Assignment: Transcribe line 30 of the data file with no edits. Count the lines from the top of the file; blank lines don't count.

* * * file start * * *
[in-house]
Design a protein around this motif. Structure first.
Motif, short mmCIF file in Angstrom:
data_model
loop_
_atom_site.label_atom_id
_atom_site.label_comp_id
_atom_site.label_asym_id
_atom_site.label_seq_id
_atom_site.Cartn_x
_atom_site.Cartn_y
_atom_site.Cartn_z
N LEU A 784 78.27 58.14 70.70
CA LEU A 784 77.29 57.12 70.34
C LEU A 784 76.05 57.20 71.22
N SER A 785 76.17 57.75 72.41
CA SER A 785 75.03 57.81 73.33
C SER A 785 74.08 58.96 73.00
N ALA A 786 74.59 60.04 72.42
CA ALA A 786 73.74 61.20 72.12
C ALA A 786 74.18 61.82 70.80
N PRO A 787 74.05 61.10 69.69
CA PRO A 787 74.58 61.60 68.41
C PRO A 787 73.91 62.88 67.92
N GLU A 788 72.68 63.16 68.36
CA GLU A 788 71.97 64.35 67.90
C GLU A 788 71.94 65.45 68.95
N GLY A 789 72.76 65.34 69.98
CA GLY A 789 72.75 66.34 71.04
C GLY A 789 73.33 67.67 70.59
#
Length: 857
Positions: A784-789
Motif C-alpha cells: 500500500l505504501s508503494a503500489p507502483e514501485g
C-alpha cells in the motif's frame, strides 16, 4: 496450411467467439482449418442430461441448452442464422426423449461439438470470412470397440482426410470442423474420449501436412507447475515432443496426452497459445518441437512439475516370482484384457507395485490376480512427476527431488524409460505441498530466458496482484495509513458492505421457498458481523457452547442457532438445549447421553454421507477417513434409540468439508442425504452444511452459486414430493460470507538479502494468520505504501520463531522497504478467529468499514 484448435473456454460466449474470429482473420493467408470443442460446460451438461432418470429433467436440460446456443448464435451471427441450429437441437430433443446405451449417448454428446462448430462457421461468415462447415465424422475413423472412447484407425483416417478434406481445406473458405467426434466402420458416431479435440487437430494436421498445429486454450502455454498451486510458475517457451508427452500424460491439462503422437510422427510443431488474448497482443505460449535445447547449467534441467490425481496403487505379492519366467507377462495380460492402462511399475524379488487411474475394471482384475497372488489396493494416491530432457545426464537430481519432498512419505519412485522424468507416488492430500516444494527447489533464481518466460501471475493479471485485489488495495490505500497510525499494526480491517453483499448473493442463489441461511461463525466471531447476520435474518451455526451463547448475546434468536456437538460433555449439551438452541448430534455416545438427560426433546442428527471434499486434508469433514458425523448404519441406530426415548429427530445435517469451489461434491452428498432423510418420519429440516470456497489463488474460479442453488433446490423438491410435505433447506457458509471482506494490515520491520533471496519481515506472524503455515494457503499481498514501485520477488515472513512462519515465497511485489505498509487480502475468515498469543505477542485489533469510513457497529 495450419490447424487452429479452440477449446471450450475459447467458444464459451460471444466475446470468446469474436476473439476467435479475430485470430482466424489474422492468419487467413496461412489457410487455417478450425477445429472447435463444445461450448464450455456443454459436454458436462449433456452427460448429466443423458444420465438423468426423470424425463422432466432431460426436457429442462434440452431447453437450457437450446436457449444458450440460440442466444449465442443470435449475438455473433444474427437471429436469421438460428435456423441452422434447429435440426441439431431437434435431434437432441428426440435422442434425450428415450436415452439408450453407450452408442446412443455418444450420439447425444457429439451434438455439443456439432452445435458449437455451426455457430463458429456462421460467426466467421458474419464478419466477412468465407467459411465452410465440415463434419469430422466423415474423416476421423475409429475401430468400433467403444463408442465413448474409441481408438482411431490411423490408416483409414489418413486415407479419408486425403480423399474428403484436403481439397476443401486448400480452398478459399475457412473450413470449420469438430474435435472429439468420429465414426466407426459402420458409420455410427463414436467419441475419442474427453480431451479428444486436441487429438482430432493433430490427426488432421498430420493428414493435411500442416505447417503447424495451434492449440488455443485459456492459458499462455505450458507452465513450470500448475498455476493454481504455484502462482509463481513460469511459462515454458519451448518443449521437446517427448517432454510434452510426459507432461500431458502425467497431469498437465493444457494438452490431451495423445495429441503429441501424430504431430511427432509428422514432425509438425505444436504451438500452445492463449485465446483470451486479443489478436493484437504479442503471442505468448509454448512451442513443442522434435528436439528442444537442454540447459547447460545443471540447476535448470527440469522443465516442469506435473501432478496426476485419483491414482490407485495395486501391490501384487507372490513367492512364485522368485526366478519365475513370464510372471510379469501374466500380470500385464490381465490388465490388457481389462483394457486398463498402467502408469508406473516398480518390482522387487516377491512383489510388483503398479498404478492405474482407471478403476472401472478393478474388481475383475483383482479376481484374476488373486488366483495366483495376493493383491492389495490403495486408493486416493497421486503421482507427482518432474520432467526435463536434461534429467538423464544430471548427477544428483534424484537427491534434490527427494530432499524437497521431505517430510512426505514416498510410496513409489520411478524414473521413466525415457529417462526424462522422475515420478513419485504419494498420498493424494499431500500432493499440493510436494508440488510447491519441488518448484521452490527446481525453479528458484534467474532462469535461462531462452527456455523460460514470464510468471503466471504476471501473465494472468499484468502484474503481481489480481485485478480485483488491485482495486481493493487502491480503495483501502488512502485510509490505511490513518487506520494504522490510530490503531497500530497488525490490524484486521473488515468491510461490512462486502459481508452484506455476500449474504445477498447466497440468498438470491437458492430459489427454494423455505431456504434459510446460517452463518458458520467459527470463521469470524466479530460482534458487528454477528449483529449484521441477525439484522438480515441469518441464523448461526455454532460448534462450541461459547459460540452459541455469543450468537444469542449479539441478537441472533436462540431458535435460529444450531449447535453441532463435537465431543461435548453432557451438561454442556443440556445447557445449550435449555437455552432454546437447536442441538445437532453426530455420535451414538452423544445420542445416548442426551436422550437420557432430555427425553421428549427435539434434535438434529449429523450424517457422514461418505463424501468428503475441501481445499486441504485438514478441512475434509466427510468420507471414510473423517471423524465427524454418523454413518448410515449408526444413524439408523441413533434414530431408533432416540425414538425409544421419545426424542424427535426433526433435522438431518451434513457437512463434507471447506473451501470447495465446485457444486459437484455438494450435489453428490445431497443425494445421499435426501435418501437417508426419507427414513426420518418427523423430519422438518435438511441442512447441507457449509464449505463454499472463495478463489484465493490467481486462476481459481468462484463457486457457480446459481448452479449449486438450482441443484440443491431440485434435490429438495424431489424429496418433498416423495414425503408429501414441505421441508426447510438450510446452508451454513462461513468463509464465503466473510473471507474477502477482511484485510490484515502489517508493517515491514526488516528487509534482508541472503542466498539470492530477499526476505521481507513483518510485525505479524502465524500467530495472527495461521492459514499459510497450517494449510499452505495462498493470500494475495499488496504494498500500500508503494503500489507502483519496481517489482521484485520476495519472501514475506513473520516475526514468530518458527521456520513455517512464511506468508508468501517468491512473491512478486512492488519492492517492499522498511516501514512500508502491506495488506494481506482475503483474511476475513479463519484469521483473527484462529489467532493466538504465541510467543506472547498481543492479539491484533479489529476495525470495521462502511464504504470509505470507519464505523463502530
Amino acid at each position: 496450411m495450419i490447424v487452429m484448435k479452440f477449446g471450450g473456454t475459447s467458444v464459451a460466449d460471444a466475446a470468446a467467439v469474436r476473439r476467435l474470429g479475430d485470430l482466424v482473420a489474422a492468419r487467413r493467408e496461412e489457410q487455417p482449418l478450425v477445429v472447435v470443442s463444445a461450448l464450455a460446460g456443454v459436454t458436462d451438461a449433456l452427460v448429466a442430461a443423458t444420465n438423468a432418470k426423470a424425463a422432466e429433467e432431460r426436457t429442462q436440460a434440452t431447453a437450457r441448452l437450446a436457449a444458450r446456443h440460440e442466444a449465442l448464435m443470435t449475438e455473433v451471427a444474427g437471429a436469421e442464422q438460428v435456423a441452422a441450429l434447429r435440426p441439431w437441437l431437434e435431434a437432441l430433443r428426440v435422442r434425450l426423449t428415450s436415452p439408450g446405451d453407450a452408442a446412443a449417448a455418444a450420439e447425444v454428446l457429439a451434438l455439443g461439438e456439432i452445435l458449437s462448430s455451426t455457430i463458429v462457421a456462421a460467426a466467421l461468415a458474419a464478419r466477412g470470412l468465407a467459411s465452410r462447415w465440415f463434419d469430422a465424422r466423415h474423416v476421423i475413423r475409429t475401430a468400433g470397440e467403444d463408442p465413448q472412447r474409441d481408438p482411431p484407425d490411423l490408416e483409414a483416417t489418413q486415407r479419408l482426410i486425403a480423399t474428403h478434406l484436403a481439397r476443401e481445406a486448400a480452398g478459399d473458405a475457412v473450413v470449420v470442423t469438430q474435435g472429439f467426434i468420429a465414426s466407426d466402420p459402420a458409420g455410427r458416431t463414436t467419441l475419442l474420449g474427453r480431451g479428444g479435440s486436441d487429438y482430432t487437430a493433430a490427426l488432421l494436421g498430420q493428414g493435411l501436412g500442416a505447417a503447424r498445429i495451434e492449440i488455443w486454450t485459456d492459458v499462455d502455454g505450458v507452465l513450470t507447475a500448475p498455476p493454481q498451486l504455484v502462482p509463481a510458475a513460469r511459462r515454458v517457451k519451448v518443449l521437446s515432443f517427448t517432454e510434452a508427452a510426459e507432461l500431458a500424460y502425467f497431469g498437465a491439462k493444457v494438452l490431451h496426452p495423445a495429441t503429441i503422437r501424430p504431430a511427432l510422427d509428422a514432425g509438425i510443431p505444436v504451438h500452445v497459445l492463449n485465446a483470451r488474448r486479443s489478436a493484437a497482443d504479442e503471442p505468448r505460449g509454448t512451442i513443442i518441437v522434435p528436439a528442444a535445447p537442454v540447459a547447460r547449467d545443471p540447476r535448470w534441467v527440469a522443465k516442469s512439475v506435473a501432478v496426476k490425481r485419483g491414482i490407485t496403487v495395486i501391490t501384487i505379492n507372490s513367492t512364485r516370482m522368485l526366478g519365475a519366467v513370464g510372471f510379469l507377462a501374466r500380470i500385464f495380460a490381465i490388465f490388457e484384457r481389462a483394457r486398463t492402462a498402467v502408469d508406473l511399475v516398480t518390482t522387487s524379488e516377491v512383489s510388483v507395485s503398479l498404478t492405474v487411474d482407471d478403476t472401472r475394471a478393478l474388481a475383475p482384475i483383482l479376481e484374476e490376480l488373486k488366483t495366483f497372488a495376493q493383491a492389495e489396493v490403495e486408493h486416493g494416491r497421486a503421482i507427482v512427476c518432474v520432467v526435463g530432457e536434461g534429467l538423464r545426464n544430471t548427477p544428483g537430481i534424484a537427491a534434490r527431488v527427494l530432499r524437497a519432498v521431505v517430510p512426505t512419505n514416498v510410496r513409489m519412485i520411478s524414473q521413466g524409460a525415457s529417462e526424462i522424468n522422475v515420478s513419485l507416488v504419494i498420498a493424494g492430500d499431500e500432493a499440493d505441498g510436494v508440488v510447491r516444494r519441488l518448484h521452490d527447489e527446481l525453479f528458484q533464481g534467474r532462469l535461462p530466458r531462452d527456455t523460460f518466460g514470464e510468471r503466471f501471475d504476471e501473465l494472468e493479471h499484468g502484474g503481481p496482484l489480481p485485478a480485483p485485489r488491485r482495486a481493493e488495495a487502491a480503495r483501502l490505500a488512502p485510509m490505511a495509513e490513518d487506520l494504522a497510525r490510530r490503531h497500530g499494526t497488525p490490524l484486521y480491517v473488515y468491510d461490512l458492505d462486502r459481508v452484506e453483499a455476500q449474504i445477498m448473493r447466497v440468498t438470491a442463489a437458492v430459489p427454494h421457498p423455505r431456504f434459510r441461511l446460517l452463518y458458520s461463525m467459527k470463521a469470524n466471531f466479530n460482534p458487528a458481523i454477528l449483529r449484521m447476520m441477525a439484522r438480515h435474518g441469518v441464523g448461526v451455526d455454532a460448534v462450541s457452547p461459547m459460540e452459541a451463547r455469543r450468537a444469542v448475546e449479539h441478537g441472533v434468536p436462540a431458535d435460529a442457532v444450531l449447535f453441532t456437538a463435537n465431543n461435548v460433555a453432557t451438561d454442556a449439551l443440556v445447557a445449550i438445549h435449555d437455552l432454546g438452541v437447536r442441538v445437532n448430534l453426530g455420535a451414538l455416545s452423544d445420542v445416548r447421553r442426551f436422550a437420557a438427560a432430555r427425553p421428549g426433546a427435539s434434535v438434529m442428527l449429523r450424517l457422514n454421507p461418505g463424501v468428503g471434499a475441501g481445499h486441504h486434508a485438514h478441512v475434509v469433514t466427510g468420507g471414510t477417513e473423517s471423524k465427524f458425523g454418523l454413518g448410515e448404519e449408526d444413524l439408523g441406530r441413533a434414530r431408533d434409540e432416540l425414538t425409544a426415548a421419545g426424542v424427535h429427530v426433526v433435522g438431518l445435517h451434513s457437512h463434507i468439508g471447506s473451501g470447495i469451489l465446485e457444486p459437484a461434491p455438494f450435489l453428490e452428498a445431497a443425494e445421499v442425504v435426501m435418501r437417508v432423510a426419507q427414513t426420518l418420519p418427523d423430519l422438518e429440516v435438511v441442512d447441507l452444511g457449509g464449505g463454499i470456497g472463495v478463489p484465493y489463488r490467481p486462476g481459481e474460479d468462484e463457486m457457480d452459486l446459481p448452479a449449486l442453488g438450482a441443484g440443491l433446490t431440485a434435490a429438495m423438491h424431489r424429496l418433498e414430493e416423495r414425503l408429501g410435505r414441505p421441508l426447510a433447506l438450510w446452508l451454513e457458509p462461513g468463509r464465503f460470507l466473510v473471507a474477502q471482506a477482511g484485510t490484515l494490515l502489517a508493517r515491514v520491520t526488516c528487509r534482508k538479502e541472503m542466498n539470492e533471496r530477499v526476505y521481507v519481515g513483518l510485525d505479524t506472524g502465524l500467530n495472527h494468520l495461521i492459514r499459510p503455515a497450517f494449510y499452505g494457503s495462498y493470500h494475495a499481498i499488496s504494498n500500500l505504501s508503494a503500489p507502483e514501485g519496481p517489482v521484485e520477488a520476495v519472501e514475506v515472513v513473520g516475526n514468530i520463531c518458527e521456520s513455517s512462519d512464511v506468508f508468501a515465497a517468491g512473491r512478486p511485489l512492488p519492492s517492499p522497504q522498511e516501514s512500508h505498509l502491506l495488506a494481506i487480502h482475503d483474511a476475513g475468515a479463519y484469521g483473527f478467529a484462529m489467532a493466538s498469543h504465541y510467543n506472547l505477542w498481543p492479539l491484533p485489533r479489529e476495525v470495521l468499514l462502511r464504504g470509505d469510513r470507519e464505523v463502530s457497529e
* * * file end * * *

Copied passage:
C GLY A 789 73.33 67.67 70.59